World stocks head to one-month high on stimulus hopes

LONDON/SYDNEY (Reuters) – World shares headed for a one-month high and oil and metal markets rallied on Thursday, as hopes for more U.S. and global stimulus offset Europe’s rising numbers of coronavirus cases and lockdowns.

FILE PHOTO: An investor stands in front of an electronic board showing stock information at a brokerage house in Shanghai, China, August 24, 2015. REUTERS/Aly Song/File Photo

The pan-European STOXX 600 index rose 0.4% and Wall Street futures were up 0.5%.

Signs Donald Trump and House Speaker Nancy Pelosi could still agree aid for airlines helped offset Trump’s ending talks for a bigger plan. The dollar was in the doldrums after the minutes of the Federal Reserve’s last meeting showed backing for more support if required.

“We are still basically tracking risk appetite” said Ned Rumpeltin, the European head of currency strategy at TD Securities, pointing to the steady rise in stock markets as investors bide their time until the U.S. election. “I wonder how long that can last.”

The euro was little changed. So were European government bond markets as the European Central Bank prepared to release later the minutes of its recent meeting.

The dollar barely moved against the yen at 106.The New Zealand dollar was the liveliest among G10 currencies, dropping as much as half a percent after central bank officials again hinted they could introduce negative interest rates, though it had mostly recovered in Europe.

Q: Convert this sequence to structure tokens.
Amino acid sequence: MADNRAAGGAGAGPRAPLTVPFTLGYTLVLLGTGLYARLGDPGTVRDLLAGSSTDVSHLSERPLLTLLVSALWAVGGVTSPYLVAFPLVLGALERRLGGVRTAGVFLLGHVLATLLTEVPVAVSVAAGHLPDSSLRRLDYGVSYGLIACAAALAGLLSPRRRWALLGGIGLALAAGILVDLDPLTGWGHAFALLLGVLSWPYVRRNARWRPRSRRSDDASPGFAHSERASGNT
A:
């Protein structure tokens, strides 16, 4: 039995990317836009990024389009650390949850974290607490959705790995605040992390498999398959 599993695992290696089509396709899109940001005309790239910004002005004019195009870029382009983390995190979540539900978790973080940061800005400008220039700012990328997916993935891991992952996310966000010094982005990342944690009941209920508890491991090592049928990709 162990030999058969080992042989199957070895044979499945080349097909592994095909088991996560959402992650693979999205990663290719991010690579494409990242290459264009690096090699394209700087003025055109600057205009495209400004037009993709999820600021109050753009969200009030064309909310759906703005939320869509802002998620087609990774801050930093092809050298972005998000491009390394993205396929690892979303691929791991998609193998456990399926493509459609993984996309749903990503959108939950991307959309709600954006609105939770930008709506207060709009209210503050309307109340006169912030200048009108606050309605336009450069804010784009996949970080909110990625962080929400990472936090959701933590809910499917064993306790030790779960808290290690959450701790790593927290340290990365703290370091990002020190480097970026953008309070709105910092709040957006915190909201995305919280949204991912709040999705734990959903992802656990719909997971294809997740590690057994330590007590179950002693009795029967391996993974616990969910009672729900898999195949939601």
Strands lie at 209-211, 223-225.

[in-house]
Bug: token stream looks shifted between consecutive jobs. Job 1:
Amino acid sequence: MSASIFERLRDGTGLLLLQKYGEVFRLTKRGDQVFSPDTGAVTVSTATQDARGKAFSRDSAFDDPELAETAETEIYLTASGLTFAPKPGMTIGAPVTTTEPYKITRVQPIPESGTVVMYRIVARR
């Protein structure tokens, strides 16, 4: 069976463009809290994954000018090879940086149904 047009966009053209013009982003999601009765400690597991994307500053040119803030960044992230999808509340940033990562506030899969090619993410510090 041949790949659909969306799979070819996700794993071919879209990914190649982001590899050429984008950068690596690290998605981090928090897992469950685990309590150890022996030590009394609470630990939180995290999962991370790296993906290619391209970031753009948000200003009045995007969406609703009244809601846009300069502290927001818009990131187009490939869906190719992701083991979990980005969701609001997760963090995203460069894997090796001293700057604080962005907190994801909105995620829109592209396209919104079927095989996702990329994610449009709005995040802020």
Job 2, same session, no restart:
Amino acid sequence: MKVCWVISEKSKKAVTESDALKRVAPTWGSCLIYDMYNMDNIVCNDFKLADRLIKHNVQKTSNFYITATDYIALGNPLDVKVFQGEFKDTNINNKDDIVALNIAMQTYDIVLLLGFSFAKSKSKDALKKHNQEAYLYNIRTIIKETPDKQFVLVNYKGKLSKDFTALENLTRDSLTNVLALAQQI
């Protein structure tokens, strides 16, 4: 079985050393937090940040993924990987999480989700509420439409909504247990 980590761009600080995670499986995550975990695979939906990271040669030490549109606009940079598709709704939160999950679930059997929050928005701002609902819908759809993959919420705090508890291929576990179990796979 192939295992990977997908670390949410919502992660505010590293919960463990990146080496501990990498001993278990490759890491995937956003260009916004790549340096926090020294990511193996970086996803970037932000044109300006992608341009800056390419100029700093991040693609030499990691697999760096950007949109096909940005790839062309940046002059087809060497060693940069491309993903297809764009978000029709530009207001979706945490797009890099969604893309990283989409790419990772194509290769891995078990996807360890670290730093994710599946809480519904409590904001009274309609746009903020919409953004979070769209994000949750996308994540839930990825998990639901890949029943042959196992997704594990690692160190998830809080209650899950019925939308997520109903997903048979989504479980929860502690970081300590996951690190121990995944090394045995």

MSCI’s Emerging Market currency index was at to a month high thanks to decent gains for the Korean won, Mexican peso, Israeli shekel, Pakistani ruppee and Hungarian forint, though Turkey’s battered lira fell to a record low.

The Turkish central bank is expected to support the lira, but doubts persist about how much it can do. It has already burnt through most of its reserves and the country is now involved in increasing numbers of geopolitical skirmishes.

STORMY TIMES

In commodities, oil rose above $42 a barrel, supported by output shutdowns in the U.S. Gulf of Mexico and the prospect of more supply losses in Norway, as well as by hopes for some U.S. coronavirus relief aid.

Oil and gas workers have withdrawn from offshore U.S. Gulf production facilities as Hurricane Delta was forecast to intensify into a Category 3 storm. Nearly 1.5 million barrels of daily output was halted.

Brent crude rose 59 cents, or 1.4%, to $42.58 a barrel, after falling 1.6% on Wednesday. U.S. West Texas Intermediate added 45 cents, or 1.1%, to $40.40 after falling 1.8%.

“If Delta stays weak, the oil rally could quickly run out of steam,” said Jeffrey Halley, analyst at brokerage OANDA.

Gold had shaken off some weakness in Asia and was last up 0.2% at $1,886 per ounce, leaving it nearly 25% higher for the year.

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